Damage

I
noun
1
BAD: The fire caused a lot of damages.
GOOD: The fire caused a lot of damage.
BAD: The car crashed into a tree and suffered a severe damage.
GOOD: The car crashed into a tree and suffered severe damage.
In its usual meaning, damage is an uncountable noun: 'The insurance company will pay for any damage.' 'The ceiling had suffered a great deal of damage.'
damages (plural noun) = a sum of money that someone is awarded in a court of law: 'She was awarded $3000 in damages.' 'She claimed damages of £2000 for wrongful dismissal.'
2
BAD: The floods made a lot of damage.
GOOD: The floods did/caused a lot of damage.
BAD: Most of the damage has been produced by acid rain.
GOOD: Most of the damage has been caused by acid rain.
do/cause damage (NOT make or produce ): 'According to local farmers, the rabbits do a lot of damage to the crops.' 'It's the gas from fridges that causes most of the damage.'
DO · HAVE · MAKE · TAKE
Many phrases begin with a very common very such as do, make, have, or take : ‘I felt very nervous about taking the test but, after having a long talk with Mrs Fisher, I decided I would just do my best and try not to make too many silly mistakes .’ These verbs can be combined with some nouns but not with others and since they do not have a clear meaning of their own, choosing the right combination can be a problem. Phrases which tend to cause difficulty are shown below.
HAVE
have a bath (or esp. AmE take ) ‘She’s probably upstairs having a bath.’
Have (your) breakfast ‘We usually have breakfast in the kitchen.’
Have (your) dinner ‘We had dinner and then went for a walk.’
Have a drink ‘I’ll collapse if I don’t have a drink soon.’
Have (an) experience ‘He has no experience of running a large company.’
Have fun ‘You can’t stop people from having fun.’
Have a holiday ‘It’s almost a year since we had a real holiday.’
Have an interview ‘I’ve had six interviews but no one has offered me a job.’
Have a lesson ‘Every morning we have three fifty-minute lessons.’
Have (your) lunch ‘Isn’t it about time we had lunch?’
Have an operation ‘Before I had the operation I could hardly walk.’
Have a party ‘On Saturday we’re having a party.’
Have a picnic ‘If it’s sunny we could have a picnic.’
Have a shower (or esp. AmE take) ‘It only takes me a minute to have a shower.’
TAKE
Take/do an examination ‘Why do we have to take so many tests?’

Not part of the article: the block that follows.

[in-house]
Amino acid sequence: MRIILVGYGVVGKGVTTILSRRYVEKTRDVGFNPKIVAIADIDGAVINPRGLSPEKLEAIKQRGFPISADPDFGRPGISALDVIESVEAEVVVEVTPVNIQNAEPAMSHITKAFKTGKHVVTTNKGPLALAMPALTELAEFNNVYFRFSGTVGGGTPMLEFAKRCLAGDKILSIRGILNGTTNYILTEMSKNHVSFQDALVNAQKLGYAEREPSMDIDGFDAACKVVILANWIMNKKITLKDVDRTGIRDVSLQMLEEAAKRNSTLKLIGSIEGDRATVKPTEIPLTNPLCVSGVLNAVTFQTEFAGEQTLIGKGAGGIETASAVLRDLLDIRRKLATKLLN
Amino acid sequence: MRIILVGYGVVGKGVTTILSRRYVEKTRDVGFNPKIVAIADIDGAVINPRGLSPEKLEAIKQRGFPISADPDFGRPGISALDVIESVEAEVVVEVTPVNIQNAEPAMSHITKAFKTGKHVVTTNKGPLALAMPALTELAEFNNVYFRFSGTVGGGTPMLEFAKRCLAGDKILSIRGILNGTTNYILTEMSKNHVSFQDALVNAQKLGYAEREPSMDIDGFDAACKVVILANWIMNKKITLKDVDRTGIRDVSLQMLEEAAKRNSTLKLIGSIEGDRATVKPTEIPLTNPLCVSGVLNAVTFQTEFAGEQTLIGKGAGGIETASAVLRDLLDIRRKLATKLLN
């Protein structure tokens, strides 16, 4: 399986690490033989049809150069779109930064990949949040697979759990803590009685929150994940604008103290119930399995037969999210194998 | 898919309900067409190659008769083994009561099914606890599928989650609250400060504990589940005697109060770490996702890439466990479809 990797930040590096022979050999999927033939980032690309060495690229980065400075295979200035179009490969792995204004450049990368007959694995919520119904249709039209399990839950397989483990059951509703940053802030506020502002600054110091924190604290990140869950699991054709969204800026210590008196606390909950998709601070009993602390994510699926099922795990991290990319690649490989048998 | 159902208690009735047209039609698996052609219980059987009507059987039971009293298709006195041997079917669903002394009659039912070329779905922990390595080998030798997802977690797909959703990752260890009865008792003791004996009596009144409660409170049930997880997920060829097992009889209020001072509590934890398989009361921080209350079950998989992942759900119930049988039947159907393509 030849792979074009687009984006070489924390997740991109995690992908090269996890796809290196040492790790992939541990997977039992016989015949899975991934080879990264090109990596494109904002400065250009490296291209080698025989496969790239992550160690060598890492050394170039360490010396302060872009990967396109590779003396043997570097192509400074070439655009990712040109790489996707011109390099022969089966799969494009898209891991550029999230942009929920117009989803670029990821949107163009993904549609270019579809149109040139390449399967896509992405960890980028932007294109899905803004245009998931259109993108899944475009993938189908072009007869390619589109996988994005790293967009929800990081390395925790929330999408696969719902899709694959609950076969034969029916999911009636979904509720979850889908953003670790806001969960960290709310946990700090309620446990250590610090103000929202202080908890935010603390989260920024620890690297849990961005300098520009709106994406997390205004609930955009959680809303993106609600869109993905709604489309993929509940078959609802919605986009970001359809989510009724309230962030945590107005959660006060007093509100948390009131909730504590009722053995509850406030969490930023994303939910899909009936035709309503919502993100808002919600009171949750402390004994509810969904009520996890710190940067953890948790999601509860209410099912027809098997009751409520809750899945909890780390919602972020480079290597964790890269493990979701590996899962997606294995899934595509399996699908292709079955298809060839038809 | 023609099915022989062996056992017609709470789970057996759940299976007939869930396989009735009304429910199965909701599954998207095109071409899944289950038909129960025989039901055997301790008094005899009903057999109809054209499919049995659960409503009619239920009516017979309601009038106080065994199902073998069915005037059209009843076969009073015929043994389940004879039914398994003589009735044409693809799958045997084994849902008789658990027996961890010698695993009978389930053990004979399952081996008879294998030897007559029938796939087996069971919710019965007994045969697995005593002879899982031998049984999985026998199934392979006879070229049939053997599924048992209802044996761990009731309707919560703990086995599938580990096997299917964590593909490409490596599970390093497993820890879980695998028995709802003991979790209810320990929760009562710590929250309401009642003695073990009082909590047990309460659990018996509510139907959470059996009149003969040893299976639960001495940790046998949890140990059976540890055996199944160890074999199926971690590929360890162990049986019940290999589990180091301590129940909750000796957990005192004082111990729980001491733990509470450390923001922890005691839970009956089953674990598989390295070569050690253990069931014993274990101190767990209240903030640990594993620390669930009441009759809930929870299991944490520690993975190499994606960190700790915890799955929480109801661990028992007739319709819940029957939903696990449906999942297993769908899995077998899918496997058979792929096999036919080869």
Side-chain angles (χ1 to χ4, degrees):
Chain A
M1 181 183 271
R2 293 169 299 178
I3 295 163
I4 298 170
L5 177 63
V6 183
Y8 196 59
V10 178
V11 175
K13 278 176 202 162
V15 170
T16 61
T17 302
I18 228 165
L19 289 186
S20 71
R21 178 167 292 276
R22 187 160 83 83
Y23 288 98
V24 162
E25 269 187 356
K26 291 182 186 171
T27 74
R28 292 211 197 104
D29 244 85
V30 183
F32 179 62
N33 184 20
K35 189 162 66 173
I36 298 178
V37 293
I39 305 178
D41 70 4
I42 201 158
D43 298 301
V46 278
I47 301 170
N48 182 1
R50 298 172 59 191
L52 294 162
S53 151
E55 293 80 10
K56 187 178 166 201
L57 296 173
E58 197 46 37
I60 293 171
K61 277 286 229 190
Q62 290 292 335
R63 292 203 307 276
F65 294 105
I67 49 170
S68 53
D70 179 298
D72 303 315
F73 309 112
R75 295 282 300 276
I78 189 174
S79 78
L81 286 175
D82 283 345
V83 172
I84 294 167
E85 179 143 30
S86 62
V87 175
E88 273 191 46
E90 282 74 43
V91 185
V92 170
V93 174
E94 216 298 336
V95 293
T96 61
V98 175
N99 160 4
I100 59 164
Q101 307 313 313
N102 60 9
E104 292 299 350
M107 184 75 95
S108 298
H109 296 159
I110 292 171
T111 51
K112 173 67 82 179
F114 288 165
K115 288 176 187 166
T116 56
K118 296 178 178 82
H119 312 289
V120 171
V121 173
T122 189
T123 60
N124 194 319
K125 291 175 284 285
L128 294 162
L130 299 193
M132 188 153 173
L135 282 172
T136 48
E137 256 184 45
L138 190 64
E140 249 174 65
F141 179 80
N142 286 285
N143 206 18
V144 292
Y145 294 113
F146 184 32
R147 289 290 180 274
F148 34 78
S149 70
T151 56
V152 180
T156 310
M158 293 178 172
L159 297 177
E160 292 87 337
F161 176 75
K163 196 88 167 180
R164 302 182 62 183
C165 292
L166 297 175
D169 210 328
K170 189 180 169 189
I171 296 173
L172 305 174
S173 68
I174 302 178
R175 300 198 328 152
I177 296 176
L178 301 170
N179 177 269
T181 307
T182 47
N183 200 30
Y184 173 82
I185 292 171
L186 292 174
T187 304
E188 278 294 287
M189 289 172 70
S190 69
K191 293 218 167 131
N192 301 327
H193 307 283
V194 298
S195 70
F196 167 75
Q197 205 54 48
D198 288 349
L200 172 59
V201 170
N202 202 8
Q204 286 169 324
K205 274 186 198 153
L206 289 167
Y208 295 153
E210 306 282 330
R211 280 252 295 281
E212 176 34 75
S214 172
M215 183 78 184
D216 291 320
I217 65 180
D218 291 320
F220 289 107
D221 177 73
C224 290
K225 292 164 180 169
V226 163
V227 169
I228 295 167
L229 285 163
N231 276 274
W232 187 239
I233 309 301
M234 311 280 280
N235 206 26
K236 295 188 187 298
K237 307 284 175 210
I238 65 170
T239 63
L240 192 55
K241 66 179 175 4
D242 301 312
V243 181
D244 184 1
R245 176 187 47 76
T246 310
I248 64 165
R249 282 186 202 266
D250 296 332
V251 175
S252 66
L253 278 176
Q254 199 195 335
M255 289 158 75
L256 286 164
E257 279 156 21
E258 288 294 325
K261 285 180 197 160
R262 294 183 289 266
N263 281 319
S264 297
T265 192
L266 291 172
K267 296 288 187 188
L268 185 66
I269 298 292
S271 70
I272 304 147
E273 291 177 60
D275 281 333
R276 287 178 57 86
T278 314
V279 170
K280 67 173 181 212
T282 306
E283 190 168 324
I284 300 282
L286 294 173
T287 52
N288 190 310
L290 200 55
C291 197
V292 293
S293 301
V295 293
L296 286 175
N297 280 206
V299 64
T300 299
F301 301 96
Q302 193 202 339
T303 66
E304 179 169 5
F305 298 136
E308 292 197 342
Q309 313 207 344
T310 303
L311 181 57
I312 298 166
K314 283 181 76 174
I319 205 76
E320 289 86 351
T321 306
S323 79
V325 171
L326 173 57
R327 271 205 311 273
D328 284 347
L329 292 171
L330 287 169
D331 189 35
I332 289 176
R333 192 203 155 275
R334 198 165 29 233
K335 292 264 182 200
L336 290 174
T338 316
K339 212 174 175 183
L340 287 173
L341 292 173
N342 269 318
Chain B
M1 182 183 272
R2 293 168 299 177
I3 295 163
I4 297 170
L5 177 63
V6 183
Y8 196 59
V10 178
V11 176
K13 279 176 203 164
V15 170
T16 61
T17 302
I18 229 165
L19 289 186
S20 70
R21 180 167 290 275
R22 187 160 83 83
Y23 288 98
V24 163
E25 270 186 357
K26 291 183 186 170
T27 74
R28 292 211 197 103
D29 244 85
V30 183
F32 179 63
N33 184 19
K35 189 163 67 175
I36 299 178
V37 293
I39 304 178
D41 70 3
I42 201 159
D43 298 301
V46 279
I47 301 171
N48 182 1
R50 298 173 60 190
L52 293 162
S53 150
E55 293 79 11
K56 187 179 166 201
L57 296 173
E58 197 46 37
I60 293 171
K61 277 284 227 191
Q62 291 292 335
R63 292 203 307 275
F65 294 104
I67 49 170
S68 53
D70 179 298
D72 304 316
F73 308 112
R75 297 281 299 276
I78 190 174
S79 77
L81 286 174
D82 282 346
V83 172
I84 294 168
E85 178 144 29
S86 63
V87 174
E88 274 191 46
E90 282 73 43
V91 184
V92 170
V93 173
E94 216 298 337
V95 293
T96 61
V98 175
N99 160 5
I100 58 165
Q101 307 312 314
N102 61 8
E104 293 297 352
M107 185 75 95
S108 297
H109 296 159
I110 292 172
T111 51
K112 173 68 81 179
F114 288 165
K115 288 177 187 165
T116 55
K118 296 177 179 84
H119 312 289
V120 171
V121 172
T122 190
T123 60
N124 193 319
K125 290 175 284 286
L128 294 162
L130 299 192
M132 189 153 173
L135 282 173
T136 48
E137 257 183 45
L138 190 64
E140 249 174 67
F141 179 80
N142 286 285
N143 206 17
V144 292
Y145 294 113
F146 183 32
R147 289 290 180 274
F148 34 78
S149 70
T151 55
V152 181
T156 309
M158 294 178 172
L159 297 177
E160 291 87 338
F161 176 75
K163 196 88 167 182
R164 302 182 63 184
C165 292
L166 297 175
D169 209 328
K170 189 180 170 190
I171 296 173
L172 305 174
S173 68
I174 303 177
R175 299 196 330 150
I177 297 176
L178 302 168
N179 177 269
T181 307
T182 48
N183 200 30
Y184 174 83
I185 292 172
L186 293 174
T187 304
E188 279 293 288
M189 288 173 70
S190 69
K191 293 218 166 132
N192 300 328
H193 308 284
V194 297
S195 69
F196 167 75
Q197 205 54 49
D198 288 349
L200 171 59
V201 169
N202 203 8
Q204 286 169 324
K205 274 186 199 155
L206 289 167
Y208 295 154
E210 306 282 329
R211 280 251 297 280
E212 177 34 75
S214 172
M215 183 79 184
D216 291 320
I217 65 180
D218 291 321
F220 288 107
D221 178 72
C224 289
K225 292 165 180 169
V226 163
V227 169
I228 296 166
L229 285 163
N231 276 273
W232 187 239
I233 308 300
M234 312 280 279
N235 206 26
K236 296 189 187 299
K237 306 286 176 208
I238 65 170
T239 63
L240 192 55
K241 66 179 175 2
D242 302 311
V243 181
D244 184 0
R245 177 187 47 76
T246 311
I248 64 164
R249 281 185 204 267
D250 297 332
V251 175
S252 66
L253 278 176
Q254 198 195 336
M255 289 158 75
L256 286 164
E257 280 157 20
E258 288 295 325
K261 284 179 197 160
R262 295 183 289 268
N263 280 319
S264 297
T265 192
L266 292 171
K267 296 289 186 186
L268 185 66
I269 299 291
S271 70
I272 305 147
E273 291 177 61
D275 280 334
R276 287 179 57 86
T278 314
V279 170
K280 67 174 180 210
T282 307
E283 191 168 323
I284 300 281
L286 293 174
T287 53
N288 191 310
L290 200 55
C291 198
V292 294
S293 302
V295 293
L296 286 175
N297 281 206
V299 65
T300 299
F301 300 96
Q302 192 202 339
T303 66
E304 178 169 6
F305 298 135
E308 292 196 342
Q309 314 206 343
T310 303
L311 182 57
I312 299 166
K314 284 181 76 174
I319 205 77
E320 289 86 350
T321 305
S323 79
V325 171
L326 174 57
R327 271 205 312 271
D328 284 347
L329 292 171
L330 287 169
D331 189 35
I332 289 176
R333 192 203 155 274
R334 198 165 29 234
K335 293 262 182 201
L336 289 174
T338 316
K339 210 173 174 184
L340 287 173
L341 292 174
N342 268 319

Take (your) medicine ‘Don’t forget to take your medicine.’
Take a pill ‘He refuses to take sleeping pills.’
Take/do a test ‘The last test I took was a disaster.’
MAKE
Make an effort ‘I had to make a big effort not to laugh.’
Make a journey ‘It was the first journey he’d made all on his own.’
Make a mistake ‘He has made a serious mistake.’
Make a noise ‘How can one small child make so much noise?’
Make progress ‘I made very little progress at the start of the course.’
DO
Do your best ‘Don’t worry, Tim. Just do your best.’
Do (or cause) damage ‘The storm did a lot of damage to the crops.’
Do an exercise ‘Have you done your exercises today?’
Do an experiment ‘To do this experiment, you’ll need two eggs.’
Do (sb) good ‘The holiday has done him a lot of good.’
Do harm ‘A scandal would do his reputation a lot of harm.’
Do your homework ‘Have you done your homework yet?’
Do a job ‘I’ve got one or two jobs to do this evening.’
Do the/some shopping ‘Jake has gone into town to do some shopping.’
Do research ‘We need to do a lot more research.’
Do things ‘We’ve done lots of different things today.’
Do your training ‘Where did you do your training?’
Note also: do something/anything etc: ‘I can’t come now – I’m doing something.’ ‘He hasn’t done anything wrong.'
3
BAD: The bomb caused extensive damage of the surrounding buildings.
GOOD: The bomb caused extensive damage to the surrounding buildings.
BAD: We all know about the damage that smoking can do in our health.
GOOD: We all know about the damage that smoking can do to our health.
(cause/do) damage to sth : 'Lack of oxygen can cause serious damage to the brain.' 'The scandal did a great deal of damage to his reputation.'
II
verb
BAD: The driver was very lucky and was only slightly damaged.
GOOD: The driver was very lucky and was only slightly hurt.
BAD: During the protests, some students were killed and others were seriously damaged.
GOOD: During the protests, some students were killed and others were seriously injured/wounded.
Damaged is used in connection with things or parts of your body (NOT people): 'The engine was too badly damaged to be repaired.' 'The cause of the oil leak was a damaged pipeline.'
People are hurt or injured (badly hurt) in an accident, earthquake, hurricane etc: 'The scaffolding collapsed, killing one of the construction workers and injuring two passers-by.'
Someone who is injured by a weapon, such as a gun or knife, is wounded : 'He is accused of wounding a fellow prisoner.' 'The wounded soldiers were sent home for medical treatment.'

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